" Holler, Run, Be Loud:" Strategies for Promoting Child Physical Activity in a Low-Income, African American Neighborhood

Robin L. Jarrett, Ozge Sensoy Bahar, Mona A. Taylor

Research output: Contribution to journalArticle


This article identifies and describes child management practices among a sample of African American caregivers in a low-income, inner-city neighborhood. Caregivers responded to low levels of neighborhood collective socialization, collective efficacy, social control, and institutional resources by using strategies that protected children and promoted physical activity. Using diverse qualitative methods (interviews, observations) and demographic data on neighborhood disadvantage and family and household characteristics, the research revealed seven caregiver management strategies that promoted child physical activity, despite multiple neighborhood barriers. These included ecological appraisal, boundary enforcement, chaperonage, kin-based play groups, collective supervision, local resource brokering, and extralocal resource brokering. These findings provide important substantive and theoretical insights on the relationship between caregiver practices, neighborhood social context, and child physical activity.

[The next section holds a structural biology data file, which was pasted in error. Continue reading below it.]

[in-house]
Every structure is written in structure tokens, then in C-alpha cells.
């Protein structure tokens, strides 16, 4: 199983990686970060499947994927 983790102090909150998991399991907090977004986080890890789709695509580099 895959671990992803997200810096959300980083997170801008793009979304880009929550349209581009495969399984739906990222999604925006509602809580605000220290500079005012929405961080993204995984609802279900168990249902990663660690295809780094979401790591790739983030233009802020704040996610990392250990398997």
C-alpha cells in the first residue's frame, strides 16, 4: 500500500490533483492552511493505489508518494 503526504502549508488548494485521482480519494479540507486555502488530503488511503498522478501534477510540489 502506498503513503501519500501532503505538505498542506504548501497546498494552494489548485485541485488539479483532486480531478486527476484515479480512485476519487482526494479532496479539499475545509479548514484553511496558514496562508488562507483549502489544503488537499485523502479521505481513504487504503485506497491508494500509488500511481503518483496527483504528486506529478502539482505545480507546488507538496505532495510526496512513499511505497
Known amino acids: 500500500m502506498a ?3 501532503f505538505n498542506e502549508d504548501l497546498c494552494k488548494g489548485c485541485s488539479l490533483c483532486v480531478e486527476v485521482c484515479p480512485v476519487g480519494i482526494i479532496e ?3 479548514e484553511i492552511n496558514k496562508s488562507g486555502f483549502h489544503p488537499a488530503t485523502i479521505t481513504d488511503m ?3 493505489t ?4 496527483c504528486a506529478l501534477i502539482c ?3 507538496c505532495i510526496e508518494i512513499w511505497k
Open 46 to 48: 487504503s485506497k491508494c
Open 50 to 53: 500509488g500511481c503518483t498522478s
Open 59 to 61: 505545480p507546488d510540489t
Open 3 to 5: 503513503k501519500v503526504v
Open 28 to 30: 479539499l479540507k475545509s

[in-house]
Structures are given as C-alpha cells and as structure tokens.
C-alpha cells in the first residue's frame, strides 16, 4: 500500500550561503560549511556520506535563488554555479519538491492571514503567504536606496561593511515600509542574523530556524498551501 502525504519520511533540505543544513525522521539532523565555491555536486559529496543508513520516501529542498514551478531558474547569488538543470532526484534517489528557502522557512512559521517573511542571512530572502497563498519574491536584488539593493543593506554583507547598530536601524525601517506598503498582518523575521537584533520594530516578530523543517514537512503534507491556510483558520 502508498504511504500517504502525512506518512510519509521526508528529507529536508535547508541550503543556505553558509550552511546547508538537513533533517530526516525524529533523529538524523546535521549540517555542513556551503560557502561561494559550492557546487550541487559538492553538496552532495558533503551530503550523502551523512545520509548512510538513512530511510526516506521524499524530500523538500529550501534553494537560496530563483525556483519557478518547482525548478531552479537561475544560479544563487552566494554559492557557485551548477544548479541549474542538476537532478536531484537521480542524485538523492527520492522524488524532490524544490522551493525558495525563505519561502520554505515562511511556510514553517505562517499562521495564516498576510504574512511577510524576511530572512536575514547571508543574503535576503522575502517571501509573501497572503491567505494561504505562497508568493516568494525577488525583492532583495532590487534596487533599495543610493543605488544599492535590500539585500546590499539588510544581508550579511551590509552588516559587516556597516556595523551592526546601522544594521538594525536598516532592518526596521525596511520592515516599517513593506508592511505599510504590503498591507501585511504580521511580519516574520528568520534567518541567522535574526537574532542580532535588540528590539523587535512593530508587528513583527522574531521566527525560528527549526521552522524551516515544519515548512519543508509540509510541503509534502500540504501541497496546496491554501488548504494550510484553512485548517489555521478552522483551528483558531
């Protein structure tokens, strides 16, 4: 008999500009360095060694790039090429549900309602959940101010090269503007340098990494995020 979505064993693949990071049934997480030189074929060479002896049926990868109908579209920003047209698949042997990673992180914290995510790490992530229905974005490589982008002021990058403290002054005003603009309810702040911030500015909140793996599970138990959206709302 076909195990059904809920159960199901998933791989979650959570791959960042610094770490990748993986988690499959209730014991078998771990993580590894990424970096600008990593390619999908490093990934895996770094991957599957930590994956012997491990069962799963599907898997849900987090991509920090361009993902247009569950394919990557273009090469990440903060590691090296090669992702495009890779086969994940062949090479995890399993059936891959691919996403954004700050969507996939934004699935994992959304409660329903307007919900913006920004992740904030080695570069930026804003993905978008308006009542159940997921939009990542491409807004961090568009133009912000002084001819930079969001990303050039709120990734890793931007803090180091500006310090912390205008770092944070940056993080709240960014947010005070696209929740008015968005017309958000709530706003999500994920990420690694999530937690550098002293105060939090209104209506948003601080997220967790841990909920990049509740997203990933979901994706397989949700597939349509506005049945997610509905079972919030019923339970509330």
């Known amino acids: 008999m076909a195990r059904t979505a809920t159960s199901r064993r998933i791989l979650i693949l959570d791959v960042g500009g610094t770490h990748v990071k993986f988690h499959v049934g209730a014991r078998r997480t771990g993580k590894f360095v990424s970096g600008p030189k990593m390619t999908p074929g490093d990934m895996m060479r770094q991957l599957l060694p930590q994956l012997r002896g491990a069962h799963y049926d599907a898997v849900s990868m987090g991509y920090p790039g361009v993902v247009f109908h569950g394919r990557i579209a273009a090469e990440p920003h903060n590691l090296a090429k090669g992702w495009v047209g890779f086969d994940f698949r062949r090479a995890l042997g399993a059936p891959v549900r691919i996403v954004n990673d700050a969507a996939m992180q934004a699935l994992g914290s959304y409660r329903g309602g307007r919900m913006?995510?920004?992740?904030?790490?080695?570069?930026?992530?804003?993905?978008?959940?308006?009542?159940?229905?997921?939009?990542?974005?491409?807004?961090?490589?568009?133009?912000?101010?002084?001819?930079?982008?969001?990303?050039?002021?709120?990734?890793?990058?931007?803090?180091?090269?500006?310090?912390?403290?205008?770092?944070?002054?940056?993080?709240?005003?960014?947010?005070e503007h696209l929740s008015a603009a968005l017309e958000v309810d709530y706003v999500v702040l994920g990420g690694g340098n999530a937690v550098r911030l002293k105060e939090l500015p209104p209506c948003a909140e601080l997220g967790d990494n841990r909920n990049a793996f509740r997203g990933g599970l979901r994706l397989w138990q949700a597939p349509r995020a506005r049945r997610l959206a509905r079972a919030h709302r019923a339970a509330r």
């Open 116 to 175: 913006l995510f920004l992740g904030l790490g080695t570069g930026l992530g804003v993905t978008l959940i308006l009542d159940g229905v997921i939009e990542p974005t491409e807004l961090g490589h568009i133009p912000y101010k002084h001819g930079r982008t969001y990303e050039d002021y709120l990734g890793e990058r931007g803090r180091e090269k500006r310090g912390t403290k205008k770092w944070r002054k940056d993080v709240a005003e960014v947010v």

Original languageEnglish (US)
Pages (from-to)825-836
Number of pages12
JournalJournal of Family Psychology
Issue number6
StatePublished - Dec 1 2011



  • African american children
  • Inner-city neighborhoods
  • Management strategies
  • Physical activity
  • Qualitative methods

ASJC Scopus subject areas

  • Psychology(all)

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